Every month, ~5,000 unique queries for sequencing are submitted using Genohub’s NGS project matching engine: https://genohub.com/ngs/. Briefly, a user chooses the NGS application they are interested in (e.g. exome, RNA-Seq), the number of reads or coverage they’d like to achieve and the number of samples they plan on sequencing. Genohub’s matching engine, takes this input calculates the sequencing output required to meet the desired coverage and recommends services, filterable by sequencing instrument, read length, and library preparation kit. Results can be sorted by price, turnaround time and selected for immediate ordering.
Every query that’s submitted is recorded giving us a unique perspective into what types of NGS services researchers are actually interested in.
First, it’s important to note that DNA-seq is our default option in the matching engine: https://genohub.com/ngs/. Due to this bias, you can’t really compare it to other services being ordered so it’s a good idea to just throw away this data point. Of DNA-seq services that are actually ordered, this breaks down into: whole human genome sequencing, re-sequencing, and metagenomics sequencing. The most frequently used instruments for this service are currently the HiSeq X, HiSeq 3000/4000 and NextSeq. With PacBio’s release of the Sequel, requests have significantly increased this quarter compared to PacBio service requests in the last 4 quarters. We expect this trend to continue through 2017.
The pie chart above breaks down the types of RNA-seq services requested in the first three months of 2017. Total RNA-seq represents all applications where rRNA is depleted prior to library preparation, whereas mRNA-seq represents all applications where mRNA is enriched. In 2016, the number of Total RNA-seq projects was half that of this year. We attribute this to a growing interest in non-coding RNA and the availability of higher throughput sequencing runs. As sequencing costs drop and rRNA depletion becomes more affordable, researchers are asking for more biological information. Today, the Nextseq and HiSeq 3000/4000 are the most commonly used instruments for any RNA-seq application. Counting applications continue to dominate, although requests for de novo transcriptome alignments are steady rising over the previous year. Whereas in the past, 1×50 and 1×75 were the most frequently requested read length for RNA counting applications, around 2x more researchers are requesting paired-end sequencing versus last year.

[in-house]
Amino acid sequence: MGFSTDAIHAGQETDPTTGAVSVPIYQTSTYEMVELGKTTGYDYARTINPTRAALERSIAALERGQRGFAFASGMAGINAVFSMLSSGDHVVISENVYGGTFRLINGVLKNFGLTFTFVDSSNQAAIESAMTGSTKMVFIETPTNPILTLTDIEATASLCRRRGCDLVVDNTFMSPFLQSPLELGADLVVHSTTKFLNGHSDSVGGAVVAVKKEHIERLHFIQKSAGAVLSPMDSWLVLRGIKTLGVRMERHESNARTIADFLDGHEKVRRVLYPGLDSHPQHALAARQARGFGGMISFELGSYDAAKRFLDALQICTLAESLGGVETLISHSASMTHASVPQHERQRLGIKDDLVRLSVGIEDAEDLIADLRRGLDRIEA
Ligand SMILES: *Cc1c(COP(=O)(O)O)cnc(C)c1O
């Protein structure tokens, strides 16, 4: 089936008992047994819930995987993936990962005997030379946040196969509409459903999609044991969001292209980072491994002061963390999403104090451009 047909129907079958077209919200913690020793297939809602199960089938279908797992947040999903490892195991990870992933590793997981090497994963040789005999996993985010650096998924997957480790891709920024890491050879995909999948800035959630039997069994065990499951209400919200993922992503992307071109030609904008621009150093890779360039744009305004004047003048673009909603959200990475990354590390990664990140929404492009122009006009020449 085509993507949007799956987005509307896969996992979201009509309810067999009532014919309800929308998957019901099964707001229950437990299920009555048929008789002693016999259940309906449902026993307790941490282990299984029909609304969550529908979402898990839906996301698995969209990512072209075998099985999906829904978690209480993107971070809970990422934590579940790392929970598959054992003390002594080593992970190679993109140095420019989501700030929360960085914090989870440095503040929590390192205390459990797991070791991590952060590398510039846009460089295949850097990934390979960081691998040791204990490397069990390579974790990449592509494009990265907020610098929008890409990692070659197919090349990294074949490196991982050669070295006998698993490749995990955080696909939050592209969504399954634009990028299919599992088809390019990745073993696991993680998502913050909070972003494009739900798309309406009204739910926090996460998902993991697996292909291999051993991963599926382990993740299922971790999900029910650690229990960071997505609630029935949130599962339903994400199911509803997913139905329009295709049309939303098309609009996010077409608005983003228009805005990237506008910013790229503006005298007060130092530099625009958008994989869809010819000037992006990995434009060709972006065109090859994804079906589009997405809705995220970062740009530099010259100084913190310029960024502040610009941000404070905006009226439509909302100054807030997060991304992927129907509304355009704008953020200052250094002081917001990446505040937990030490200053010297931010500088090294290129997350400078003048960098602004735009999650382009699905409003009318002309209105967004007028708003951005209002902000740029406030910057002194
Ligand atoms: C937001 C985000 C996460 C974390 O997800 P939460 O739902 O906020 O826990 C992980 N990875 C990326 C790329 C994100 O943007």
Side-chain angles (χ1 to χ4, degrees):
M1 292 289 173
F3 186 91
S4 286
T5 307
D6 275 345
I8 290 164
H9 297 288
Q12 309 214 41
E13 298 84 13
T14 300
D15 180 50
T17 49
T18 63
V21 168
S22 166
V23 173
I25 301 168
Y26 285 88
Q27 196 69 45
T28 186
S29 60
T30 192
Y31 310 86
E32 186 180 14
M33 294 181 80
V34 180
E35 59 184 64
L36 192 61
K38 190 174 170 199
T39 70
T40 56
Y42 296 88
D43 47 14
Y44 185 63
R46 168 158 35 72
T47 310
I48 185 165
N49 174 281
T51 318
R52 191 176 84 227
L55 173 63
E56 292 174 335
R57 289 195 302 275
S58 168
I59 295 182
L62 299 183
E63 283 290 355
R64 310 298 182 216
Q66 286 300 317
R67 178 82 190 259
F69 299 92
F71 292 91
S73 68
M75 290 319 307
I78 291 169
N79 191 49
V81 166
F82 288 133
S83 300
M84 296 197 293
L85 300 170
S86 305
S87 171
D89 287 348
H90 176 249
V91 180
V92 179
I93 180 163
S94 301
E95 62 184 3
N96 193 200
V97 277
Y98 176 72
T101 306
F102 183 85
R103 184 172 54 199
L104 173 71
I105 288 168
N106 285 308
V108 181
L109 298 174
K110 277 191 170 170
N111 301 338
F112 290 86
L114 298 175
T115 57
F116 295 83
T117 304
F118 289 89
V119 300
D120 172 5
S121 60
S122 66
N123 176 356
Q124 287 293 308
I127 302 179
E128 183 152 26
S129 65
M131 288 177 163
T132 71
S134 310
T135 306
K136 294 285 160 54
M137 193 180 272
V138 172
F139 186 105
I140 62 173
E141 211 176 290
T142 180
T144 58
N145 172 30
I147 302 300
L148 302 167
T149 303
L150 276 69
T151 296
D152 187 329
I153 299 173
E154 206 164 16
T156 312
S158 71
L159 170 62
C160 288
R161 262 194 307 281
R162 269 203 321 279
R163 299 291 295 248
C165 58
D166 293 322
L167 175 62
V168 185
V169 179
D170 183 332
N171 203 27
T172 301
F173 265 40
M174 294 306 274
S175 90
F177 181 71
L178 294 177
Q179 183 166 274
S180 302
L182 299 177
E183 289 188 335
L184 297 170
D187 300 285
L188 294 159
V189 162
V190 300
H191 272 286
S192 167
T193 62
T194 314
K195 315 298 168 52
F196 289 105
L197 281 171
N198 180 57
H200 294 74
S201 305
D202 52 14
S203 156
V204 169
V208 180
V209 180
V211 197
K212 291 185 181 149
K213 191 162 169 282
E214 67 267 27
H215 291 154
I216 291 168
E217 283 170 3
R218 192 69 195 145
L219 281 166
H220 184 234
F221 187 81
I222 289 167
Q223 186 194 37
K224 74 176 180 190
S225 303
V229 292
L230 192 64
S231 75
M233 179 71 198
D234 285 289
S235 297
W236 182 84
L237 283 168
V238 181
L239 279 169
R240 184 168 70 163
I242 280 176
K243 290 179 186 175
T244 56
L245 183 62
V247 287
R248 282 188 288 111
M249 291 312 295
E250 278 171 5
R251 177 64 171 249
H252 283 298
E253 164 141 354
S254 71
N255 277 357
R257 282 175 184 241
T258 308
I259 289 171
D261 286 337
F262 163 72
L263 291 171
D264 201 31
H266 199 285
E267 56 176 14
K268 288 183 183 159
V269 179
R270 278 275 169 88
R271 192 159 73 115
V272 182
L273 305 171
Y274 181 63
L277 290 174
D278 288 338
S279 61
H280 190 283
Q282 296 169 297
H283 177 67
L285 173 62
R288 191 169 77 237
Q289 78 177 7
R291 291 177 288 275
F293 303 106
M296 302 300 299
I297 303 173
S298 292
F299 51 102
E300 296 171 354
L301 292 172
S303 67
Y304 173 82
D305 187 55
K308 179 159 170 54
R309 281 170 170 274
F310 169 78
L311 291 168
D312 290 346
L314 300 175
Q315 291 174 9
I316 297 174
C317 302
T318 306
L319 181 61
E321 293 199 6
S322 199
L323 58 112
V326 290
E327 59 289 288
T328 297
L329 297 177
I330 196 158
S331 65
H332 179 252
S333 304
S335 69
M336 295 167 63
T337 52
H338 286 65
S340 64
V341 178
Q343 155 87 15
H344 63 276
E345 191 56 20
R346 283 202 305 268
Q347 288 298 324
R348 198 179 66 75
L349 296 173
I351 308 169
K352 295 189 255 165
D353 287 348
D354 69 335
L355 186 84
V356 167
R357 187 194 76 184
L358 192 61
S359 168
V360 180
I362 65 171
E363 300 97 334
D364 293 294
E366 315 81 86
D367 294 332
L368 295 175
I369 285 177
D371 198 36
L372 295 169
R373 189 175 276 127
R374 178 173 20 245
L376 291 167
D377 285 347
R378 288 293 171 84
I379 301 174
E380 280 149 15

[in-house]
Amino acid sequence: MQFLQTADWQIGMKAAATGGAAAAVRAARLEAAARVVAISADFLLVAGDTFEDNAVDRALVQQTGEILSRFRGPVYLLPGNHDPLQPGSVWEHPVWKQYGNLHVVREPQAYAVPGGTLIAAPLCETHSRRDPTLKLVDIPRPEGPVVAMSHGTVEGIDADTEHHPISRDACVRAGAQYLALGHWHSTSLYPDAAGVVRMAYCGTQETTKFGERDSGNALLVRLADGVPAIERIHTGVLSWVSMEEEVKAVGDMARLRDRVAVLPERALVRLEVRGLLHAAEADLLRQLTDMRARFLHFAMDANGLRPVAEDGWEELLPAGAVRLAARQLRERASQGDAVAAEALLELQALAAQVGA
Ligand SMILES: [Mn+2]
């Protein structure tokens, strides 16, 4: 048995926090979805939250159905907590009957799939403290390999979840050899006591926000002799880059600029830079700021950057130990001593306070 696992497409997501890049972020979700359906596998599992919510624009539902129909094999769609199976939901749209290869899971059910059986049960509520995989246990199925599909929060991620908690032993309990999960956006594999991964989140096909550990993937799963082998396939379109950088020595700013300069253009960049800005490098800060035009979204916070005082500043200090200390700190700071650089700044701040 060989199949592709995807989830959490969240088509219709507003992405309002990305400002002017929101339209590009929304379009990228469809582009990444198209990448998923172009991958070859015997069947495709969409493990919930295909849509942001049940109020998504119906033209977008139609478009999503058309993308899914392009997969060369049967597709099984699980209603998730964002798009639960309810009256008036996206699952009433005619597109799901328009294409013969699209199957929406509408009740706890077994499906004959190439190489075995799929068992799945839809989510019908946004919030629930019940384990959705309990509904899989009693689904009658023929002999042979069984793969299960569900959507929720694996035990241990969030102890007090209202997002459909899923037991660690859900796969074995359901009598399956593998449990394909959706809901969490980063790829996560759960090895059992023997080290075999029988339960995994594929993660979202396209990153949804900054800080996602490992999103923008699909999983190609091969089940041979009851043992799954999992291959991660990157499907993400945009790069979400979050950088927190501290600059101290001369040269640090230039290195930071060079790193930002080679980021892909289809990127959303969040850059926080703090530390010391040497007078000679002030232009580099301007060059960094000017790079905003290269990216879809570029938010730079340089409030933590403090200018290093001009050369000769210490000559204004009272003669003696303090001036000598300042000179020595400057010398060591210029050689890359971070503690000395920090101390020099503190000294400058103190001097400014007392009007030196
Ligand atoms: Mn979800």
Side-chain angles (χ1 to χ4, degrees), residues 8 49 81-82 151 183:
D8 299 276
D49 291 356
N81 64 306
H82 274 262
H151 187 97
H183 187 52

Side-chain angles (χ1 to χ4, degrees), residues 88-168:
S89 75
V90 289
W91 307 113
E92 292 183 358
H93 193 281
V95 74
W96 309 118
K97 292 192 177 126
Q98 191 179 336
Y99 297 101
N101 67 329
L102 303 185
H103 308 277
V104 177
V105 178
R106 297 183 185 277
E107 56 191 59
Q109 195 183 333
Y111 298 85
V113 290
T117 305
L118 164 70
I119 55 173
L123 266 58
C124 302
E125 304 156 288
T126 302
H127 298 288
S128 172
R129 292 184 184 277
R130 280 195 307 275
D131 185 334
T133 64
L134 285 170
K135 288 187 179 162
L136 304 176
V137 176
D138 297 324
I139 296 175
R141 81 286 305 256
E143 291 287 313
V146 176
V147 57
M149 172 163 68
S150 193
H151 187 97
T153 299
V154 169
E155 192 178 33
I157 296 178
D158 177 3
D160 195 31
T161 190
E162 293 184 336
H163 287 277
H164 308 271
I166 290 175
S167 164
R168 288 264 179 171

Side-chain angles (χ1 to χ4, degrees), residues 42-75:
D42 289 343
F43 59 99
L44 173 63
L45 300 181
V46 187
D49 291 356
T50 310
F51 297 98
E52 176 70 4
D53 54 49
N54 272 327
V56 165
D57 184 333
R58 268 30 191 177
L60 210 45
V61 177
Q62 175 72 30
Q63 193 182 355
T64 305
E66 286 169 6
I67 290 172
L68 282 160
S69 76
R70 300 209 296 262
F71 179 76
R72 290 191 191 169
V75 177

Compared to last year, there is an increased interest in WGBS as compared to RRBS and MeDIP. With the advent of the HiSeq X and it’s compatibility with WGBS applications, more researchers are finding whole genome based applications easier and more informative than reduced representation bisulfite sequencing.
By far the biggest trend this year was the number of long read requests on the PacBio Sequel. Whereas in the past, Mate-pair library prep was more popular, we’re starting to see this service decline, and long read sequencing be ordered more frequently. Hybrid Ilumina/PacBio reads are also being more frequently ordered to improve the quality of assemblies. Long-reads are being requested to detect functional elements in human genomes that are missed by short-read sequencing. We should add that requests for 10X Genomics services have started to increase, although they are too small right now to make any meaningful comments. We currently don’t have providers offering Oxford Nanopore services on Genohub, so can’t comment here either.
This month NovaSeq services are expected to be available on Genohub. We expect there to be a lag phase as kinks are worked out, before this becomes a popular instrument request.
Having spent the last 4 years receiving sequencing requests and performing consultation, it’s clear that new technology does influence behavior. With reduced sequencing costs, we see clients not only including more control and duplicates, but also looking at RNA-seq from a more global perspective, and beginning to become more interested in long reads. Clients that previously only performed exome-seq are now turning to whole genome sequencing on the HiSeq X. Researchers that normally only look at coding RNA’s are starting to show interest in long non-coding and small RNAs. Overall, faster and cheaper sequencing does tend to promote better science. Gone are the n=1 days of sequencing.